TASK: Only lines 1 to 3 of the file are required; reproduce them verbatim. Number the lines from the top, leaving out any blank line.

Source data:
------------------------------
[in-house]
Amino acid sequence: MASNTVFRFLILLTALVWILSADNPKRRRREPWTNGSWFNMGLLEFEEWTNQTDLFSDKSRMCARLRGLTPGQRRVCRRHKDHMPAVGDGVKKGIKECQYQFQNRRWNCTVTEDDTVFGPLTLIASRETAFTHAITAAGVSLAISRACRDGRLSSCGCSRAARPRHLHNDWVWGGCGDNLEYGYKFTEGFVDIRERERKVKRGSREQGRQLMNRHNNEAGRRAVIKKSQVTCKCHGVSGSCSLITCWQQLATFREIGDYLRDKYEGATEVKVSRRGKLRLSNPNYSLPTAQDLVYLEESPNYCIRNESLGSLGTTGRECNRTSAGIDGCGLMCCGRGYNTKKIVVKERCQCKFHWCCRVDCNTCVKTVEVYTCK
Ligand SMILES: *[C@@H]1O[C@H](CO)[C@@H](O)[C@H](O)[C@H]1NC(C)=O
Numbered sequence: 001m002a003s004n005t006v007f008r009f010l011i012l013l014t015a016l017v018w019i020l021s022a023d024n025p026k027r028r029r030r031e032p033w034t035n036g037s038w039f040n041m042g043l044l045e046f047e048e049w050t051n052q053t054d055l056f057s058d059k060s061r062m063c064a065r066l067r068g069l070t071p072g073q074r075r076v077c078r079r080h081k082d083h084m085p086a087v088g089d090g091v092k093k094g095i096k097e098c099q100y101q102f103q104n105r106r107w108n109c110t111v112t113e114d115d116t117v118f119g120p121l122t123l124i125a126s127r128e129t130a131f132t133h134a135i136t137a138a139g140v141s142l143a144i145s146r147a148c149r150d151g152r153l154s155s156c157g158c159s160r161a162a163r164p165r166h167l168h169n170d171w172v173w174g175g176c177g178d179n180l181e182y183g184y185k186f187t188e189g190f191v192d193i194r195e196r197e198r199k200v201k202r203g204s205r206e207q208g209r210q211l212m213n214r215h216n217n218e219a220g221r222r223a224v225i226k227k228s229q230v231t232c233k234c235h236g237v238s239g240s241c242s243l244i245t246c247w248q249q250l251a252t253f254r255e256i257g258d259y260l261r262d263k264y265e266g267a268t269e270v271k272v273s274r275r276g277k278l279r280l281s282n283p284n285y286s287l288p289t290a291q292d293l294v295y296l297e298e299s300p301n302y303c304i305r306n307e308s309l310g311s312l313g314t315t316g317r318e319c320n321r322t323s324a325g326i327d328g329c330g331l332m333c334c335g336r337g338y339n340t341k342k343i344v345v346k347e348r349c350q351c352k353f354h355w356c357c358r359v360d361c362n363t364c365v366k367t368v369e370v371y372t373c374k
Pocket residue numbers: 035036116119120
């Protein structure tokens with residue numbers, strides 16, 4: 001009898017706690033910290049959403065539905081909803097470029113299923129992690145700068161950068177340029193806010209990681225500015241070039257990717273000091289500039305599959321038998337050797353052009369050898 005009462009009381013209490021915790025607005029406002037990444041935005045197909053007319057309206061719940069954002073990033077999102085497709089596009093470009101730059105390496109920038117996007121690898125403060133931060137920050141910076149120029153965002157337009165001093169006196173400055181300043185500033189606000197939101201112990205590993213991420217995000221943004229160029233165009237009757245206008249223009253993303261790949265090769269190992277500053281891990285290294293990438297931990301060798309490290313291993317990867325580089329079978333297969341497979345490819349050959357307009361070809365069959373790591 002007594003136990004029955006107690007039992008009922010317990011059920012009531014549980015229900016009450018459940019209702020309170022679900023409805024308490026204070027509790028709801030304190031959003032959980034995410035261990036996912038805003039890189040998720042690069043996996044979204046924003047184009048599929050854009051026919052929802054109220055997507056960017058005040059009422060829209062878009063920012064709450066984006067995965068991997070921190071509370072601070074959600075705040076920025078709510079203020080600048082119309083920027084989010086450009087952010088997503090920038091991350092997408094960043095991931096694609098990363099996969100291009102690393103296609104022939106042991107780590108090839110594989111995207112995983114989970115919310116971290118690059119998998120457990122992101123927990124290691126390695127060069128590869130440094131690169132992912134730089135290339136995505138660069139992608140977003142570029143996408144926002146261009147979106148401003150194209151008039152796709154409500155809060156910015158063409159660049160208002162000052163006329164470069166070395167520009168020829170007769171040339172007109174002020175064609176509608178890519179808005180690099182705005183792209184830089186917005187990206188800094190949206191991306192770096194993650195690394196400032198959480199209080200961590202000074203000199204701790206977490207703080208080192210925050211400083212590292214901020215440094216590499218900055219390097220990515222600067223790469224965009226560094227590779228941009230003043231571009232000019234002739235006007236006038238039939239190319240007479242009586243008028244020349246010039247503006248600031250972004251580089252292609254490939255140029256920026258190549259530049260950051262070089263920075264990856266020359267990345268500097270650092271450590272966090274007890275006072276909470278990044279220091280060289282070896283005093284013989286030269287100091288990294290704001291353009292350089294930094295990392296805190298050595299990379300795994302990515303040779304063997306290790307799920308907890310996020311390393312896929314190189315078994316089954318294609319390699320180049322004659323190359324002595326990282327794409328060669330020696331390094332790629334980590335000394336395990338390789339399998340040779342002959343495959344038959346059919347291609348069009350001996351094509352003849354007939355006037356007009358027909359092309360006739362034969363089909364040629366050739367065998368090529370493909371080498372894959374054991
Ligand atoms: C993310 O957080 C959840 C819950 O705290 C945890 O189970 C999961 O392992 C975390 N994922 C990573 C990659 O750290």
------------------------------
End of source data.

[in-house]
Amino acid sequence: MASNTVFRFLILLTALVWILSADNPKRRRREPWTNGSWFNMGLLEFEEWTNQTDLFSDKSRMCARLRGLTPGQRRVCRRHKDHMPAVGDGVKKGIKECQYQFQNRRWNCTVTEDDTVFGPLTLIASRETAFTHAITAAGVSLAISRACRDGRLSSCGCSRAARPRHLHNDWVWGGCGDNLEYGYKFTEGFVDIRERERKVKRGSREQGRQLMNRHNNEAGRRAVIKKSQVTCKCHGVSGSCSLITCWQQLATFREIGDYLRDKYEGATEVKVSRRGKLRLSNPNYSLPTAQDLVYLEESPNYCIRNESLGSLGTTGRECNRTSAGIDGCGLMCCGRGYNTKKIVVKERCQCKFHWCCRVDCNTCVKTVEVYTCK
Ligand SMILES: *[C@@H]1O[C@H](CO)[C@@H](O)[C@H](O)[C@H]1NC(C)=O